Finally, following the U.K. budget on Monday, we now have clarity on the timings and quantum of tax and regulatory headwinds facing the industry in our key markets. On the basis of current revenue levels, we estimate that the full year impact will be £115 million of taxes, clearly very material to our group's profitability over next 2 years. However, we continue to believe our scale, strong balance sheet, leading brands and market position means we are relatively well-positioned to capitalize on the long-term growth opportunities.

And Jonathan and I are now happy to take your questions. But breaking the tradition, I'm going to ask the first question. Jonathan, what are your first impressions?

Jonathan Hill

Well, first thing to say is I'm delighted to have joined, and it is a very exciting time to be joining the business. I joined the business for three reasons: the people; the brands; and the prospects. And what I've seen in the first couple of weeks absolutely backs up those three reasons. I've met some fantastic people across the business. I think we can all see the underlying economics of this industry, and particularly, what's evolving in the U.S; thirdly, the great brands and the scale that we have.

And I think what's become even more prevalent and obvious to me is the need for podium positions, and the fact that when we have those podium positions, our ability to deal with the headwinds that we see in terms of regulation and taxation are greater.

And finally, I think the group is really well placed to take on the challenges that we have ahead of us. And I look forward to meeting hopefully everybody on the call in due course.

Peter Jackson

Thank you, Jonathan. Nigel, we'll now open the lines for the Q&A.

Question-and-Answer Session

Operator

Certainly, Peter. [Operator Instructions] Thank you. The first question is from Ed Young from Morgan Stanley. Please go ahead.

Ed Young

Good morning, and thank you for taking my questions. I've got four if you'll indulge me please. I'll ask them one at a time. First of all, on FY 2018 guidance, ex-U.S. investment, the midpoint of the guidance is now £472 million or so. That implies £155 million of EBITDA for Q4, which make about a 17% year-on-year increase. That seems quite strong given the 20% revenue headwinds, roughly revenue headwinds from sports results on normalized margins. So can you help us understand the phasing of that?

Is it DFS losses which are un-quantified now or is there anything else going on that gives you confidence for that impressive Q4 number?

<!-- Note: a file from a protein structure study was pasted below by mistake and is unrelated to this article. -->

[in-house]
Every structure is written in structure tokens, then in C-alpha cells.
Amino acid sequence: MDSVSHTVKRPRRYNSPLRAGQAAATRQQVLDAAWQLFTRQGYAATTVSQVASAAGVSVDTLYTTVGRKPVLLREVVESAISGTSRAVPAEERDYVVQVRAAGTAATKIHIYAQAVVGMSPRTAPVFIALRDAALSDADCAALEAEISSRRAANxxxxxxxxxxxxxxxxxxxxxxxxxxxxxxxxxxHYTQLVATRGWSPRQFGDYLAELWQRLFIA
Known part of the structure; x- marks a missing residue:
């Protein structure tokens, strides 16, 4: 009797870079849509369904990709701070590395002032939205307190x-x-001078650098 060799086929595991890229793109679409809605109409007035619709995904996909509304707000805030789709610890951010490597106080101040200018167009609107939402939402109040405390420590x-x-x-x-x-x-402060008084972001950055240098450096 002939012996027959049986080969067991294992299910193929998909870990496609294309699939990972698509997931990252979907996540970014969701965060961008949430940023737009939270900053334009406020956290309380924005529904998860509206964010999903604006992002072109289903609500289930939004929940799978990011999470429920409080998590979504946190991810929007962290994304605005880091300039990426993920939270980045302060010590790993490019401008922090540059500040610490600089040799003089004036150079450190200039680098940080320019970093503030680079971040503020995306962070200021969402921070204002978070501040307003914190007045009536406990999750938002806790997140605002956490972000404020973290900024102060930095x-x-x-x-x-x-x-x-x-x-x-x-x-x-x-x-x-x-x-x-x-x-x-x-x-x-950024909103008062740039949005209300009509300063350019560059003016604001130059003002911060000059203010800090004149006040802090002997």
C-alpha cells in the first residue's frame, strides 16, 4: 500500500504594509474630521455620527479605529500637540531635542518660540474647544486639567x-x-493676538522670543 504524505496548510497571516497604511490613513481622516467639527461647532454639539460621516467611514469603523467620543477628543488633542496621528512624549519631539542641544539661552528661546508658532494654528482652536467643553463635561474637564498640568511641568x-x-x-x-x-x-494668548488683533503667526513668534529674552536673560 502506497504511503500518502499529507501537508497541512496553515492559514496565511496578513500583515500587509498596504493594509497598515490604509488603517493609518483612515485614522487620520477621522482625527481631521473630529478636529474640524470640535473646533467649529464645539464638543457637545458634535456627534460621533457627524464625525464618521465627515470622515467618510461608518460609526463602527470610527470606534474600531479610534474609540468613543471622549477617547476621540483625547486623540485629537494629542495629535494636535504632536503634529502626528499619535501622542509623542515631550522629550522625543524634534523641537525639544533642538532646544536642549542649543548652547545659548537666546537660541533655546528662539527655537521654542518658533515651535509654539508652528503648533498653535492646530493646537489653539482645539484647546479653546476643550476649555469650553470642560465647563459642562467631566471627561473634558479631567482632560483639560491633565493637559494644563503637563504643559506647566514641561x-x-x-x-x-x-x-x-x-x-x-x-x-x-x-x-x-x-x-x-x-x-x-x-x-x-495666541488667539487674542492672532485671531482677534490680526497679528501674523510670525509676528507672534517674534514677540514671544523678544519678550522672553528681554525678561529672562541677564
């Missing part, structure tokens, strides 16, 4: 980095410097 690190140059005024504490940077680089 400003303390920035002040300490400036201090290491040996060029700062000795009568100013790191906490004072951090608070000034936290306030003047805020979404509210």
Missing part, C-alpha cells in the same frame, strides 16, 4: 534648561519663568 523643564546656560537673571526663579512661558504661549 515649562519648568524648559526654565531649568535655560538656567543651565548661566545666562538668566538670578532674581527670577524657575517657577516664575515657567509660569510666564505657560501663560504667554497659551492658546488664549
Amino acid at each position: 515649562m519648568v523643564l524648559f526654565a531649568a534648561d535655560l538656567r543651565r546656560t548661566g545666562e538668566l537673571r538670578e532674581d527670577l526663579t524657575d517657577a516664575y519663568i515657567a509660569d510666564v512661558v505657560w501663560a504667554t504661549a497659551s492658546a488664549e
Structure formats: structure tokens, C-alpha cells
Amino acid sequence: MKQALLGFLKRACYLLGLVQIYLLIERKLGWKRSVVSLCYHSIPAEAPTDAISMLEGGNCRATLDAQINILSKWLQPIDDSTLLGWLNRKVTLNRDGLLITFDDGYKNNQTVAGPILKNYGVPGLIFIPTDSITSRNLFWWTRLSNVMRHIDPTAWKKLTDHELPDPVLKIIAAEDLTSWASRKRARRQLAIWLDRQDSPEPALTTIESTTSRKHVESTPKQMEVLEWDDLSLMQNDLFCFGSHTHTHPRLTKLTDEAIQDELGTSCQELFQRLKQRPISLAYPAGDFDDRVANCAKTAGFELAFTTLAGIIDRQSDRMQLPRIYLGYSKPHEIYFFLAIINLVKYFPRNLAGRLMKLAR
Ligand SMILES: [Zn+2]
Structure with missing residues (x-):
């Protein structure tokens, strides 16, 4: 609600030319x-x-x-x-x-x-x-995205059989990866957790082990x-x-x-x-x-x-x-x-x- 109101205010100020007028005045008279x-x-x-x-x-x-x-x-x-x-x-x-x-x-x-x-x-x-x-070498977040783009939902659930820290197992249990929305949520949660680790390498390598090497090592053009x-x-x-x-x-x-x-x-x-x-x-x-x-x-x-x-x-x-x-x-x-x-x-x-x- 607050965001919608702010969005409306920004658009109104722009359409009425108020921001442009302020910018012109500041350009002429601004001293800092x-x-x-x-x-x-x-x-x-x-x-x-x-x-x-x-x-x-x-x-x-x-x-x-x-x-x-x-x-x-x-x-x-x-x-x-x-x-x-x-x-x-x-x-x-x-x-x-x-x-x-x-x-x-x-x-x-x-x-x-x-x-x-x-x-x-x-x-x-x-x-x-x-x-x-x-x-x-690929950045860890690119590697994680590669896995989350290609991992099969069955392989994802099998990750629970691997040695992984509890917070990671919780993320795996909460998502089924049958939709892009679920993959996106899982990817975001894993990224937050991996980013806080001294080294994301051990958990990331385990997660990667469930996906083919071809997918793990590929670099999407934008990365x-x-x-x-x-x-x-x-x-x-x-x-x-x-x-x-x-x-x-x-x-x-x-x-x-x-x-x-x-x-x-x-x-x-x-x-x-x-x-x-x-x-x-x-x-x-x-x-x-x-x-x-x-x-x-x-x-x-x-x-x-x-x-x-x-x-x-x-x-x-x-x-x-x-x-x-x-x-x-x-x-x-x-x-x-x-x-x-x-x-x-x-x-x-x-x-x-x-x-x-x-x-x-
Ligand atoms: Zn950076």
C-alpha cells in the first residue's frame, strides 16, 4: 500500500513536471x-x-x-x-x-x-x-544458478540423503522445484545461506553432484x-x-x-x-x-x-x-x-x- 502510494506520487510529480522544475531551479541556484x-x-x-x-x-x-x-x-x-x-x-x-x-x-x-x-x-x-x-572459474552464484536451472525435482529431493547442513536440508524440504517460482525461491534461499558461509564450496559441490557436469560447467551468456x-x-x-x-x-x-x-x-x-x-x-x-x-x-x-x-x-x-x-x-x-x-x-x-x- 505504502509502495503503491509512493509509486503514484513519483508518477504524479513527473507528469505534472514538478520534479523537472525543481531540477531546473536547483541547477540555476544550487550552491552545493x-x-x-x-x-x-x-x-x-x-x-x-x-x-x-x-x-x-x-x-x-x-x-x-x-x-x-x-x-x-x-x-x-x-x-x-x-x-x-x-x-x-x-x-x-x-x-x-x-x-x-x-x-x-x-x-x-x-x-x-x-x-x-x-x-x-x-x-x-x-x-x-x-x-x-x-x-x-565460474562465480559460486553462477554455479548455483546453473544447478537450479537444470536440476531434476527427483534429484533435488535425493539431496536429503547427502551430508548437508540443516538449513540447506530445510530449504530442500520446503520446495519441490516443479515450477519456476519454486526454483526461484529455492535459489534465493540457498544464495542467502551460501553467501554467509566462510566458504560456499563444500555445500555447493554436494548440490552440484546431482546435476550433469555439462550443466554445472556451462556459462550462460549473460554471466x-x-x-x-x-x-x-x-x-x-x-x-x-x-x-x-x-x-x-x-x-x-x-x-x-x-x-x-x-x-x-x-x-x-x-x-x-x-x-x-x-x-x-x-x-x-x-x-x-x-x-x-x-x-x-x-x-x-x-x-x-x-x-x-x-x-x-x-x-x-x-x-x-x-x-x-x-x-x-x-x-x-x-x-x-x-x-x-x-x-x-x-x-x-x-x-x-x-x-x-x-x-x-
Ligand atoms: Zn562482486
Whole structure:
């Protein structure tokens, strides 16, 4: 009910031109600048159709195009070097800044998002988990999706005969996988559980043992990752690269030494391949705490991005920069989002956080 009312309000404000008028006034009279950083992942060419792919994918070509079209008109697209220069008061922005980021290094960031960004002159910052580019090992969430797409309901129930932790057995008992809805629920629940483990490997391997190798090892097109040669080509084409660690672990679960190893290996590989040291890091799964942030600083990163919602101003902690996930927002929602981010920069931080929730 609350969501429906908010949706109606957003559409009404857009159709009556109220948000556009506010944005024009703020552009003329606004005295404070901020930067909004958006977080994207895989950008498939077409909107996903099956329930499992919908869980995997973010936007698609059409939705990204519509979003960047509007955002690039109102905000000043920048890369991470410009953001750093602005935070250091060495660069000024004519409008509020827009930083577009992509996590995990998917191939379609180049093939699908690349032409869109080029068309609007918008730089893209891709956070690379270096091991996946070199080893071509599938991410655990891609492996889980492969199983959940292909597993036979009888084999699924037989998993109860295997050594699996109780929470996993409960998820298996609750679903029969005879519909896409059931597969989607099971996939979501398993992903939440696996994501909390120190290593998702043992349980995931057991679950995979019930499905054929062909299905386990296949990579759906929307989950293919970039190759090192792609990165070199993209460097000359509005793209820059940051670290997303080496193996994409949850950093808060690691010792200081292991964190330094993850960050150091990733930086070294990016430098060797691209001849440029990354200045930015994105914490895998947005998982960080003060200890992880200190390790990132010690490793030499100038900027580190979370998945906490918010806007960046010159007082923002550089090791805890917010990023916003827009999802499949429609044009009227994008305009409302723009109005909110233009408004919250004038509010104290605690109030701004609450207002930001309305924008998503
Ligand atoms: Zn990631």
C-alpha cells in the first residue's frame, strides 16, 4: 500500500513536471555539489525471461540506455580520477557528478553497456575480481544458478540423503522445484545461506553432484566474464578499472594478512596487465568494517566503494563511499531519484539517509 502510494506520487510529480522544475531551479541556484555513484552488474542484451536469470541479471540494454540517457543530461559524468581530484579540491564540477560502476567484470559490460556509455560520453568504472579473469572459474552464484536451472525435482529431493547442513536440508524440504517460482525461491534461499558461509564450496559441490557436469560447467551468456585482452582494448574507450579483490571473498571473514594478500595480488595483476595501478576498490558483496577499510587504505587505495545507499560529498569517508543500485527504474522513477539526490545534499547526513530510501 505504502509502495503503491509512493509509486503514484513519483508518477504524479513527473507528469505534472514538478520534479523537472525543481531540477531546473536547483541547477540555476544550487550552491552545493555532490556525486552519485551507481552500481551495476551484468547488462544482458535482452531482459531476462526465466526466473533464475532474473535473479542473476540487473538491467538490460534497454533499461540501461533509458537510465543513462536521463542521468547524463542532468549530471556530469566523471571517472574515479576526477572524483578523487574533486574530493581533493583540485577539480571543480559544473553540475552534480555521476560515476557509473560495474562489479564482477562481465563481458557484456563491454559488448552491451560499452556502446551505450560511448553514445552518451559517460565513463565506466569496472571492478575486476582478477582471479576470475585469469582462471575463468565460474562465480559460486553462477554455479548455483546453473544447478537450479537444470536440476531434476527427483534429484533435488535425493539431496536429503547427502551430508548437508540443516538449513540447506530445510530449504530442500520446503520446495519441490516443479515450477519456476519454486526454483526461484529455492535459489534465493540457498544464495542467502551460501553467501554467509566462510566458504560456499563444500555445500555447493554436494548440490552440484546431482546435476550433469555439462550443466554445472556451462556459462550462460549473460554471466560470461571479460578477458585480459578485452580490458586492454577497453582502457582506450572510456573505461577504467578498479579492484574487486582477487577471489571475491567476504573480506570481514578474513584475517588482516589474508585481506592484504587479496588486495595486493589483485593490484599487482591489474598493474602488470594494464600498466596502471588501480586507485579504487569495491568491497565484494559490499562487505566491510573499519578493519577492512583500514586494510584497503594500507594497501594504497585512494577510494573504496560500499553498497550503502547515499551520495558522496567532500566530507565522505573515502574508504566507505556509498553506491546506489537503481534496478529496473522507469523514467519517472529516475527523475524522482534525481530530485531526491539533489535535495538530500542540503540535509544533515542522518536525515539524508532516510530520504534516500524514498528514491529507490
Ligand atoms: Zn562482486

Peter Jackson

Ed, we've put out the guidance today. We're clearly mindful of the sports results we're seeing in Australia, which have not been helpful. Notwithstanding my efforts to try and put some money back into market, when I was visiting. But you're right in terms of the DFS losses, they are concentrated in Q3. And we have got strong margin comps to deal with from 2017, but we're confident in the guidance we've given you all today.

Ed Young

Thanks. And my second question was, I was struck by your comment about market share gains for Paddy Power. So how do you define that? You obviously don't break out brand performance, but if I look at what's disclosed by peers, Ladbrokes Coral grew sort of 23% to 29% in Q3. Do you mean that sort of level, because that would imply Betfair is sort of flattish? Or do you mean against sort of average annual market growth, because obviously the whole quarter performance helped by weaker margin comps? I'm just trying to understand really what you meant by the market share comment.

Peter Jackson

So I mean, there are different ways you can look at that. I mean, we are very pleased with the performance in our European businesses, both the Paddy Power and the Betfair, which both grew in double digits. I think from a Paddy Power perspective, we have seen sort of a good turnaround in the performance of that business, I think particularly around gaming. When we look at the metrics around the business in terms of actives and things like that. We're very confident to that business is taking share.

Ed Young

Okay. And then the third question was on Australia The 8.5% margin is obviously lower and you flagged the - sort of 90 basis points of that was from the sports results, which you kind of said were weak in October. So it's suggestive of 140-ish from the investment you're making, and obviously you've just been out there reinforcing that. Does that mean that we should be expecting new normal margins on Australia to be sort of 9%-ish or below in the next few years given the long run average previously being 10% or 10.5%? Or how should we think about Australia margins potentially over the next year or two?

Peter Jackson

We made an additional investment in generosity in quarter three to take advantage of some of the changes that are happening. And you'd be aware that a couple of our competitors rebranded, and we also wanted to reposition ourselves ahead of the important Spring Racing Carnival. We've done that, and we're very pleased with the additional market share that we're gratefully taking. I mean, clearly - I mean, we talked about the margins being adverse in October, at some point these things do revert back to the mean.

Ed Young

So does that mean we should be expecting lower levels of investment going forward from - for the margins, just so I'm clear?

Peter Jackson

We're not going to be guiding on margins in individual parts of our business, Ed.

Ed Young